* Better alignment of total outstanding shares to corporate structure and wealth
* Consolidation of ownership
* Opportunity for existing owners to exit by creating a demand for shares
* A part of a large plan to sell the company or transfer ownership to employees
The key to treasury stock is that the buyer of stock is the company itself and it is a tool to consolidate ownership. To illustrate this business concept I’ll use an example of how ownership is realigned using treasury stock as the tool.
Suppose a closely held business has seven different investors, five of them are family members and two are discontented investors. The two discontented investors want out and no particular family member has the financial wherewithal to purchase the shares.
However the company has the cash resources and working capital to buy the discontented owners at a reasonable price. The board authorizes a treasury stock offer. The following is the before and after ownership schedule:
Investor Shares % of Ownership Shares % of Ownership
Family ‘A’ 2,000 26.667% 2,000 30.769%
Family ‘B’ 1,500 20.000% 1,500 23.076%
Family ‘C’ 1,000 13.333% 1,000 15.384%
Family ‘D’ 1,000 13.333% 1,000 15.384%
Family ‘E’ 1,000 13.333% 1,000 15.384%
Discontented ‘F’ 500 6.667% -0- -0-
Discontented ‘G’ 500 6.667% -0- -0-
7,500 100.000% 6,500 99.997%
Notice the reallocation of ownership benefits the investors with stronger ownership positions prior to the buy back. Before the treasury stock purchase, family member ‘A’ required at least two other shareholders to agree with him in order to control the company. After the treasury stock purchase ‘A’ only needs ‘B’ to fully control the company.
The treasury stock purchase benefits ‘A’ and ‘B’ to the detriment of family members ‘C’, ‘D’ and ‘E’. Even after the treasury stock purchase, ‘C’, ‘D’ and ‘E’ still lack the ability to control the company even if they vote as a block. The still need either ‘A’ or ‘B’ to affect change.
How is this possible? It all depends on the shareholder agreement.
The underlying arrangement between owner’s in a small business, especially a closely held company, is a shareholder’s agreement. All parties owning a position in a small business sign a document defining how the relationship works between each other. This subject is a in-depth subject and very detailed. This article limits the issue to the fundamentals of treasury stock.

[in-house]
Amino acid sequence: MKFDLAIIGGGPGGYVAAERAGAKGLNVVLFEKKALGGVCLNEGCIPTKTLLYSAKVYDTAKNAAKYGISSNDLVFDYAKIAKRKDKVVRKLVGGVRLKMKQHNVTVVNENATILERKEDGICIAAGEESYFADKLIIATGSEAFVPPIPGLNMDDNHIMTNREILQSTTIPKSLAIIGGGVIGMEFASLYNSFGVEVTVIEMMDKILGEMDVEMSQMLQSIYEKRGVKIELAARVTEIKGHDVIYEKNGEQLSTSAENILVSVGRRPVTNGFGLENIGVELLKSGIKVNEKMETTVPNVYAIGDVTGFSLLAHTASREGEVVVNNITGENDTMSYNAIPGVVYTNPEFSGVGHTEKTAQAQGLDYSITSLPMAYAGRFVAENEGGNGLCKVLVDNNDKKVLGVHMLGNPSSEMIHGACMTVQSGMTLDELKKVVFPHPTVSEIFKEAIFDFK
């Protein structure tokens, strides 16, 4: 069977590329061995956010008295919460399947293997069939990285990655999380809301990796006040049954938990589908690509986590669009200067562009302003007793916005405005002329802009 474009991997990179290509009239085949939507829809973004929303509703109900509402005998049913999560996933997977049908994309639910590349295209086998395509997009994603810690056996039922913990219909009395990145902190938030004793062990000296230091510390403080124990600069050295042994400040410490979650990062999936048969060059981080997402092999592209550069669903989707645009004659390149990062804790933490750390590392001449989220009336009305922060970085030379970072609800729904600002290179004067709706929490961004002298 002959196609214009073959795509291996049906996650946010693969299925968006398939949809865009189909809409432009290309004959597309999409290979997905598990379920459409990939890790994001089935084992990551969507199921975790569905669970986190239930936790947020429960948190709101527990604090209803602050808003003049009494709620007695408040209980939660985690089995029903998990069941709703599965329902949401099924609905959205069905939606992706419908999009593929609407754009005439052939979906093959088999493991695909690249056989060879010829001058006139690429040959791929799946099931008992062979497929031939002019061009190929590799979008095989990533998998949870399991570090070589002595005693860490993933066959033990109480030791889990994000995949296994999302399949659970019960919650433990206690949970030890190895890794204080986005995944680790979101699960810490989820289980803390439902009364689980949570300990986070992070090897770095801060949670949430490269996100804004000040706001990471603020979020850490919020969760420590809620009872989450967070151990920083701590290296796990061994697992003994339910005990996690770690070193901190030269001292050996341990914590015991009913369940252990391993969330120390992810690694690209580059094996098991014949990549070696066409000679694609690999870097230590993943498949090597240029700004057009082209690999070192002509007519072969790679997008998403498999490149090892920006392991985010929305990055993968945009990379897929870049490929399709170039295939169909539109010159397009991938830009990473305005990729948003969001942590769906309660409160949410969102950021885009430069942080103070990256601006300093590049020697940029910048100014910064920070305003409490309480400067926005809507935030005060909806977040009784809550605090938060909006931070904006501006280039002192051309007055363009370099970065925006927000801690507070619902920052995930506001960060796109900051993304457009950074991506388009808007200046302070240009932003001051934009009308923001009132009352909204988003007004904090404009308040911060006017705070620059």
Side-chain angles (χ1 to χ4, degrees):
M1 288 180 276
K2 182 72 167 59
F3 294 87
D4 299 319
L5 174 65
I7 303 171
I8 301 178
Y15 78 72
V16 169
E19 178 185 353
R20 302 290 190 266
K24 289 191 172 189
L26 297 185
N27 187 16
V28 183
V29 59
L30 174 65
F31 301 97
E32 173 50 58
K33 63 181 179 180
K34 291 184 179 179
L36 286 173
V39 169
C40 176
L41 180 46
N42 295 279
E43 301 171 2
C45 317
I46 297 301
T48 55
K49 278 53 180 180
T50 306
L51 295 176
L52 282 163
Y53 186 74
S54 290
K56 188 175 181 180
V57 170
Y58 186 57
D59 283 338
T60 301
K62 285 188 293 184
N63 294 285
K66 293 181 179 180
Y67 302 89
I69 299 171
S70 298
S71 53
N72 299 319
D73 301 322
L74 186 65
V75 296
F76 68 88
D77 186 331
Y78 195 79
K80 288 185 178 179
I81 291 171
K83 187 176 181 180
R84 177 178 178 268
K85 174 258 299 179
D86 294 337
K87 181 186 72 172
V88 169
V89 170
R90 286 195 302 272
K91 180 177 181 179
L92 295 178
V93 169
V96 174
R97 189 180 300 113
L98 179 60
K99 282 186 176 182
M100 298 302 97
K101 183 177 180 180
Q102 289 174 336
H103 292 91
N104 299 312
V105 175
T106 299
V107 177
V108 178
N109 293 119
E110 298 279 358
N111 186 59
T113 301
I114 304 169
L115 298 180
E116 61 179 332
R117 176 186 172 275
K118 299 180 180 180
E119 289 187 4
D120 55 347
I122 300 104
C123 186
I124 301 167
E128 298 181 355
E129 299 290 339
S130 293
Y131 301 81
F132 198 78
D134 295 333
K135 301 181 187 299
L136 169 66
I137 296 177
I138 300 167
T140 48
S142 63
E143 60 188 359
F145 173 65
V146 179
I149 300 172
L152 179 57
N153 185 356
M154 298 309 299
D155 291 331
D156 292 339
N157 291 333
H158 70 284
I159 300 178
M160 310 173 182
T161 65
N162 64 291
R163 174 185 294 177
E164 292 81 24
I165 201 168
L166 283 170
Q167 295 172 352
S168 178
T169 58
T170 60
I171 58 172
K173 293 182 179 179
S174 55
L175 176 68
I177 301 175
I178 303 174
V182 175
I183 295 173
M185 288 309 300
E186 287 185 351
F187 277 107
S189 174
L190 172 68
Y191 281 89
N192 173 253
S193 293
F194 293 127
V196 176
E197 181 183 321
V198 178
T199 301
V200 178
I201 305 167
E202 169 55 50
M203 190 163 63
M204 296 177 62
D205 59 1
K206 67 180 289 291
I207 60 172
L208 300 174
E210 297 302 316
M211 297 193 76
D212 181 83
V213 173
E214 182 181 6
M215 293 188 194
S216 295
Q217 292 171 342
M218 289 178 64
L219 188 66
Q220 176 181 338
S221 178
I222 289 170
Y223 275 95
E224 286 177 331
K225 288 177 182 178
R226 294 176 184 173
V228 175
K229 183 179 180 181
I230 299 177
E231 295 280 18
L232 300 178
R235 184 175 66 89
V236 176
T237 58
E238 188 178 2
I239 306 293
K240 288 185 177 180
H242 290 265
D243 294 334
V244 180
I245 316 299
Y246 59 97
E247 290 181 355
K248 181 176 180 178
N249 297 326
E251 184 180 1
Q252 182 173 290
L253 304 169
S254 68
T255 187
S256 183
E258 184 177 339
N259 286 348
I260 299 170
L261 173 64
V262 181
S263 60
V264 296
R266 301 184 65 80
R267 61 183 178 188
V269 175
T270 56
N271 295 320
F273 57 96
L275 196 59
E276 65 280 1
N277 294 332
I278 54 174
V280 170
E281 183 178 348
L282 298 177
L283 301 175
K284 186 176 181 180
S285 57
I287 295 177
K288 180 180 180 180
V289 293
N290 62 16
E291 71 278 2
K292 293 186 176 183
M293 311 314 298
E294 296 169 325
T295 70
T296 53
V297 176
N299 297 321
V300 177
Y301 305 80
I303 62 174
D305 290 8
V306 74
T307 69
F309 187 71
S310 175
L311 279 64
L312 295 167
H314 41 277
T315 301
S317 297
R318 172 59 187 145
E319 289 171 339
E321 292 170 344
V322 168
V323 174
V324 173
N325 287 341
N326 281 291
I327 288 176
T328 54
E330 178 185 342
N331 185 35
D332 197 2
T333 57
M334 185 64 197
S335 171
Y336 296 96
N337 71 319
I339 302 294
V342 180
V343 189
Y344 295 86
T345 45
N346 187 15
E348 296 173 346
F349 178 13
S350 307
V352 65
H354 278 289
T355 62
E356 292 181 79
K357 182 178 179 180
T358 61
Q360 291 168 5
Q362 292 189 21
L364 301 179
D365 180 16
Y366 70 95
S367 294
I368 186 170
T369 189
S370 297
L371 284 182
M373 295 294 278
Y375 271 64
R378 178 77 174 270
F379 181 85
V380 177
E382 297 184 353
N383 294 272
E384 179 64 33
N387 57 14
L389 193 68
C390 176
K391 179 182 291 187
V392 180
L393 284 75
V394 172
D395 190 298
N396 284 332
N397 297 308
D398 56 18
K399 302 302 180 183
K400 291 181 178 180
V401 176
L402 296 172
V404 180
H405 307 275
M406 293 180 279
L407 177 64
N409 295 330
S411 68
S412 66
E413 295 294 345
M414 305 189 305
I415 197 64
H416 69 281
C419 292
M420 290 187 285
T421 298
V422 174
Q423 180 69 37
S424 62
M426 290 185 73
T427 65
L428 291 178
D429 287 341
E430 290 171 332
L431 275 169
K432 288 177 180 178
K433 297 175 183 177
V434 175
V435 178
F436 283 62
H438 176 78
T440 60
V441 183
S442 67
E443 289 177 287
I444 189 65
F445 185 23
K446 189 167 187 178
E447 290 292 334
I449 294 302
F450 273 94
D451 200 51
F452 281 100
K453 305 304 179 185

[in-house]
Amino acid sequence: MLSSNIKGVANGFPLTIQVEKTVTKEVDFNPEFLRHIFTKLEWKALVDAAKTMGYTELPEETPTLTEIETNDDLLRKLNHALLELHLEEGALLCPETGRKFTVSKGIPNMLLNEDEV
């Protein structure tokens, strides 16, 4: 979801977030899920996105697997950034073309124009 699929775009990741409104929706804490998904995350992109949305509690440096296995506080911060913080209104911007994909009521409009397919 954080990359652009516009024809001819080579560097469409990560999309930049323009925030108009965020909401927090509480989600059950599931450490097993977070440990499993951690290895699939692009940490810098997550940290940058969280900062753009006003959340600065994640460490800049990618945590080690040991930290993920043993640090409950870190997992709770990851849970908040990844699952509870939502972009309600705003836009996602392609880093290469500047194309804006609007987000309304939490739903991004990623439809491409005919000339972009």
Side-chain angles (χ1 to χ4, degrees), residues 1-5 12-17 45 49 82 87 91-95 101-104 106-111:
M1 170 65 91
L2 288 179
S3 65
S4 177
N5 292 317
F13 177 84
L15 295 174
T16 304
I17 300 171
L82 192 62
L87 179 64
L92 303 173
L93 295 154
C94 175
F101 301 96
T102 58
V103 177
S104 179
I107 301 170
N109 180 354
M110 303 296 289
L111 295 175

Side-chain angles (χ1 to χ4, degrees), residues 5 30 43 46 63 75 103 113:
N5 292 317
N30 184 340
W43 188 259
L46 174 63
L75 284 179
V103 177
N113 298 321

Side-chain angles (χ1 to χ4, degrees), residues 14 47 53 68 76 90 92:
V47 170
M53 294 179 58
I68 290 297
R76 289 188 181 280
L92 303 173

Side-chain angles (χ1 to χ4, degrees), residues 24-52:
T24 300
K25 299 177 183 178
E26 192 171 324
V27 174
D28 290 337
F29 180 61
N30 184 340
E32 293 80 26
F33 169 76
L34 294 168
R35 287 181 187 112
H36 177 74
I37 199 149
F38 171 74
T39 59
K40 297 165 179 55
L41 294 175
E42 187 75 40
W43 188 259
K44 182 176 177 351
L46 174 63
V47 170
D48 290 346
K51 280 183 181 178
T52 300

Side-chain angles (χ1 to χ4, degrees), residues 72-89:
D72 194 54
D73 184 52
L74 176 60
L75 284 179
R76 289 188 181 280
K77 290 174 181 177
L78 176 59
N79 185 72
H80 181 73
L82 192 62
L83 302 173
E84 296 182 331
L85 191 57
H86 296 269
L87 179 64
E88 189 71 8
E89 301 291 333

The shareholder agreement often has a clause or article explaining the process of authorizing a treasury stock offer. Most agreements mandate a super majority of ownership to authorize a buy back (often not less than 60% but can be as high as 80% of outstanding shares). In addition, the clause may dictate restrictions as identified here:
A) Limit the amount borrowed from third parties to fund the treasury stock purchase.
B) Set minimum standards for funding of purchase such as the quick ratio or cash ratio.
C) Identifies the formula to set share price or a not to exceed a set level of book value, such as ‘Not to exceed 140% of book value per share’.
D) Sets the time frame and open acceptance period for the treasury stock buy back.
This clause is the shareholder agreement is essential to understand for any shareholder’s rights and options related to a treasury stock buy back. Understand the wording well to protect your investment.
Summary – Treasury Stock
Treasury stock is a tool used to consolidate the pool of investors or number of shares outstanding. In small business it is used to buy out disgruntled investors or address the concerns of some investors. The shareholder agreement typically has a clause in it outlining the terms, conditions and procedures that must be followed for a treasury stock offer. The information is reported on the balance sheet in the equity section. In small business, it is essential for any investor to understand treasury stock fundamentals. ACT ON KNOWLEDGE.